• Since mid-December, the Arab world has been rocked by popular uprisings that led to the exile of the president of Tunisia and the ouster of Egyptian President Hosni Mubarak. The Middle East – and the rest of the world – is watching to see if anger at authoritarian governments spreads and whether the region will be reshaped by the demands of ordinary citizens. Here is a look at the current political situation in countries in the region.

  • Algeria

    Image: Tunisian president Fouad Mebazaa
    FETHI BELAID  /  AFP - Getty Images
    Tunisian president Fouad Mebazaa

    Leader: President Abdelaziz Bouteflika

    Politics on the ground: Algeria is a Republic and multi-party state with a bicameral parliament. But shortly after independence in 1962 the country experienced a coup, and a long series of power plays that undermined the political process and sparked a militant Islamist insurgency. In the 1990s, terrorist violence in Algeria caused more than 150,000 deaths. President Bouteflika took office in 1999, and has been relected twice, albeit through flawed elections. He has vastly improved security in Algeria. But he also changed the constitution to eliminate term limits—a way to hold onto power until death. Political discontent, along with high unemployment and economic stagnation fueled recent unrest. Amid growing protest, Bouteflika vows that the country’s restrictive “state of emergency” dating to 1992 would be lifted in the “very near future.”

  • Bahrain

    Bahrain's King Hamad bin Issa al-Khalifa
    Khaled Desouki  /  AFP/Getty Images
    King Hamad bin Issa al-Khalifa
    msnbc.com

    Leader: Hamad bin Isa Al Khalifa, monarch since 1999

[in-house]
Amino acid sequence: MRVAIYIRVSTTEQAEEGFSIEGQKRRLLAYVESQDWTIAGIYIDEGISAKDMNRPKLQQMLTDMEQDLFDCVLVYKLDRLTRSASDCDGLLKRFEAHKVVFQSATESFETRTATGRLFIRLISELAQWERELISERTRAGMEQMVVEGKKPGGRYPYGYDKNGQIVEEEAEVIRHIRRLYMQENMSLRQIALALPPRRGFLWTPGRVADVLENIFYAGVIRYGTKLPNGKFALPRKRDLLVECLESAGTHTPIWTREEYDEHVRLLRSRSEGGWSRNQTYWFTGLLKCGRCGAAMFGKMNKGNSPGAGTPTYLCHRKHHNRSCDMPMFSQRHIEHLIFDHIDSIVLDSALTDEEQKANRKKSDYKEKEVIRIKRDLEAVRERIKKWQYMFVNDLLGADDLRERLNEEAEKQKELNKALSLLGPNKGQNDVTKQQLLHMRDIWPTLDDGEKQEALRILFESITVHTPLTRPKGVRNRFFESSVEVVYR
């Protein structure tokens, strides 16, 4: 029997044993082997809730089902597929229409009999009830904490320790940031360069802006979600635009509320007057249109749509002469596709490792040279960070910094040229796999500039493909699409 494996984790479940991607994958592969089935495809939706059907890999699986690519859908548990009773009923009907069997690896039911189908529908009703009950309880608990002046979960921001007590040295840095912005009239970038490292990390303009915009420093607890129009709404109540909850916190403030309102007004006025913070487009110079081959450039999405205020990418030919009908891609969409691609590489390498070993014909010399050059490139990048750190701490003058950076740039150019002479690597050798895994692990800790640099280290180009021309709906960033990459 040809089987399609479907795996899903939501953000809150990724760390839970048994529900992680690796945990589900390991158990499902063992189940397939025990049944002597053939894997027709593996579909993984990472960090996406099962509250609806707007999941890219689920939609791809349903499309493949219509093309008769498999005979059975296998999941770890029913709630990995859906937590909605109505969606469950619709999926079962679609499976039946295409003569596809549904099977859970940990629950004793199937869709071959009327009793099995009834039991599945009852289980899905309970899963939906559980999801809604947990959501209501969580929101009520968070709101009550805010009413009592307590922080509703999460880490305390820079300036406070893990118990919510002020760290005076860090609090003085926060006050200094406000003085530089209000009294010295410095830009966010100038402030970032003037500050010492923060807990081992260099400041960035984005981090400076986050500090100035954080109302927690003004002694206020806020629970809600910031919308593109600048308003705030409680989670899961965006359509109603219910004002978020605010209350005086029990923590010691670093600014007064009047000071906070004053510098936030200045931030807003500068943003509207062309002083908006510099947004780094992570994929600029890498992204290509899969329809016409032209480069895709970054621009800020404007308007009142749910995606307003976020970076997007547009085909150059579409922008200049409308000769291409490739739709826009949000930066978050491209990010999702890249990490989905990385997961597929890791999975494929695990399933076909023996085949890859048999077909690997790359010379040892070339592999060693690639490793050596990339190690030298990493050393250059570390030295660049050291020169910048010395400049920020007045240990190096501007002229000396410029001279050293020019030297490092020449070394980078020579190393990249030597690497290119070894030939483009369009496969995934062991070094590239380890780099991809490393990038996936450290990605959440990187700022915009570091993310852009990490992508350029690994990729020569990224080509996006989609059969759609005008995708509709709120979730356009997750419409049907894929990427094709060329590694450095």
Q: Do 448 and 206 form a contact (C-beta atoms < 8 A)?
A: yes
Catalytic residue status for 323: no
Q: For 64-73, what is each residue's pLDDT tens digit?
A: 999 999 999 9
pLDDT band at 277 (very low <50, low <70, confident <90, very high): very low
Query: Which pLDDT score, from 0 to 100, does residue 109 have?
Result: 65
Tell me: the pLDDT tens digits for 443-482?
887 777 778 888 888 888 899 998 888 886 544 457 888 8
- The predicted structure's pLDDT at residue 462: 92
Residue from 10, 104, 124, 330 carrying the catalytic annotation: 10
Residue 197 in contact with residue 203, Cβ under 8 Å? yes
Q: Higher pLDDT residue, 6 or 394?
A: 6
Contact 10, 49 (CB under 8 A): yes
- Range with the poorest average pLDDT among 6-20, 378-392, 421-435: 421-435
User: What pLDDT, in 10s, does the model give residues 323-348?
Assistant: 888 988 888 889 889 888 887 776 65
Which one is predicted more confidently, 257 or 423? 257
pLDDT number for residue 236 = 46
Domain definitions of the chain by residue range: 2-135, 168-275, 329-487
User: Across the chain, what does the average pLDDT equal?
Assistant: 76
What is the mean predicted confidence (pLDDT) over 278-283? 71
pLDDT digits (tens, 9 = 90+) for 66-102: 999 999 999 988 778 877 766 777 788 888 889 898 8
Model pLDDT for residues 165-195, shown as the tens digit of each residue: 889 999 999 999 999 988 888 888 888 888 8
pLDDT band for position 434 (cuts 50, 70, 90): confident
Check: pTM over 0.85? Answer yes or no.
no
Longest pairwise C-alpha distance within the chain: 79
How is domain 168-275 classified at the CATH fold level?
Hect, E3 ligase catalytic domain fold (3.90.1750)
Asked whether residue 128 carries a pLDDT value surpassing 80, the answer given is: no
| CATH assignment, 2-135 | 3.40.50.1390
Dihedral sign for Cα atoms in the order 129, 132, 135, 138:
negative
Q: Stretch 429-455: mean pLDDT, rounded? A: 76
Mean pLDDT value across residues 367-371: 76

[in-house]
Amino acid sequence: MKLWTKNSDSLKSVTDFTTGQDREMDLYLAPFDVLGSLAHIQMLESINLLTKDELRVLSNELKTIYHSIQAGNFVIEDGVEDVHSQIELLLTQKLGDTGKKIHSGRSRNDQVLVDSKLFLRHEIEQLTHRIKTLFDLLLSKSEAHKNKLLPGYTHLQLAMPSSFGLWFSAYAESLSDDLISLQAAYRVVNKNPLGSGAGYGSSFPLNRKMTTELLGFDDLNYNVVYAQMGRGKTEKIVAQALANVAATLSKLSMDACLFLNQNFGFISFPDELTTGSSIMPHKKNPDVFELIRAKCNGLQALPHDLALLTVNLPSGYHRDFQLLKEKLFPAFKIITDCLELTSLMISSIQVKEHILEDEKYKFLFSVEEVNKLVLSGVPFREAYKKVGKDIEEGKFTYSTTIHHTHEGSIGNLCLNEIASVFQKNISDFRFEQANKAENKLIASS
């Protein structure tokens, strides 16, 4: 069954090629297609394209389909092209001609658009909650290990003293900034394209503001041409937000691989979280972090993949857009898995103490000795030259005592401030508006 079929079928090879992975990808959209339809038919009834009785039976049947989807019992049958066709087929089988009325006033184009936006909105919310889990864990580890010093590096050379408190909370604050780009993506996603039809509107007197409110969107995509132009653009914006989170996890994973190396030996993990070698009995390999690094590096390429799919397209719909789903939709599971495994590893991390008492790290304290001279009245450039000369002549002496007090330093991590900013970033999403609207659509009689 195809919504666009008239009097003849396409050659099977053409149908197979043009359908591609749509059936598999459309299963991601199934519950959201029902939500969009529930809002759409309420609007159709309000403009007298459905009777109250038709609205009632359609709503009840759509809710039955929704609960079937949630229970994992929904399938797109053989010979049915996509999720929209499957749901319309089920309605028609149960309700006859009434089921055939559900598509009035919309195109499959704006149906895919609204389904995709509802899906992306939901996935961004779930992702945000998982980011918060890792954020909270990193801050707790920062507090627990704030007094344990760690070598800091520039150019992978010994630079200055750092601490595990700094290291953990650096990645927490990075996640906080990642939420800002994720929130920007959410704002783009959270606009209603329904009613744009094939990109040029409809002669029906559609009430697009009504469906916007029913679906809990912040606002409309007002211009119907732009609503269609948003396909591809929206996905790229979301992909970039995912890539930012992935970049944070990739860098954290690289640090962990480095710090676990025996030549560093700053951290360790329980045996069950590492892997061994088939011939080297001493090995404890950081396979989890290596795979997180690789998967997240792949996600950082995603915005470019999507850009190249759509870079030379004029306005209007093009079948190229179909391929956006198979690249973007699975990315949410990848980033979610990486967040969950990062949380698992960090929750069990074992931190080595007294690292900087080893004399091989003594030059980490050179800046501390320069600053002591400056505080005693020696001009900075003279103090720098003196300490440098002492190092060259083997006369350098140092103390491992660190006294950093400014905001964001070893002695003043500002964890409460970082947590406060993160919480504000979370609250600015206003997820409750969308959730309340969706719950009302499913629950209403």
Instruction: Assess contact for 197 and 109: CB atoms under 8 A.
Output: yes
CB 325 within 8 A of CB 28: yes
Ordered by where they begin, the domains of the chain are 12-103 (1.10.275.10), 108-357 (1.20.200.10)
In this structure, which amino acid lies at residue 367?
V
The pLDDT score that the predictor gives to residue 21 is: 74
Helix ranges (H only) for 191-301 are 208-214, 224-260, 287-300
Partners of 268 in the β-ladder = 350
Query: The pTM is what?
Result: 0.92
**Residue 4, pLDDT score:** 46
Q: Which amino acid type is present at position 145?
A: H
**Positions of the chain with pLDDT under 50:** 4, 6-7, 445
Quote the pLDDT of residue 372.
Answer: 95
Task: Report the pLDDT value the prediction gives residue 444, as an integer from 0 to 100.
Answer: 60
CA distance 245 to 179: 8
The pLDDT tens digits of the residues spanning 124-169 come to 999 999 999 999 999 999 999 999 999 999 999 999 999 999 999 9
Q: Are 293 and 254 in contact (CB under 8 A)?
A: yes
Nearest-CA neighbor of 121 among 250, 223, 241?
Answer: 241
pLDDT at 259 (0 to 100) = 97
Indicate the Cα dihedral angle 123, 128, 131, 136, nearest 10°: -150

Politics on the ground: Tens of thousands of protesters flood the capital, demonstrating against the monarchy as the king makes another concession — a promise to release some political prisoners. The Khalifa family has ruled since 1783 and Khalifa is set to be followed by his son, Crown Prince Sheikh Salman bin Hamad al-Khalifa. The government regularly cracks down on Shiite opposition groups, and youth in Shiite villages often clash with police. (Source: Reuters)

    U.S. interests: The Persian Gulf island nation provides a key naval base for the U.S. Navy’s Fifth Fleet. A 1991 agreement also grants U.S. forces access to Bahraini facilities during future crises and the ability to pre-position materials. Bahrain is also an important U.S. listening post for Iran.

    More details:  BBC

  • Egypt

    msnbc.com
    Egyptian President Hosni Mubarak looks o
    Khaled Desouki  /  AFP/Getty Images
    Egyptian President Hosni Mubarak

    Leader: President Hosni Mubarak

    Politics on the ground: Mubarak resigned as president and handed control to the military, bowing down after a historic 18-day wave of pro-democracy demonstrations by hundreds of thousands. Egypt's military rulers swear in a new Cabinet that replaces several Mubarak-era ministers.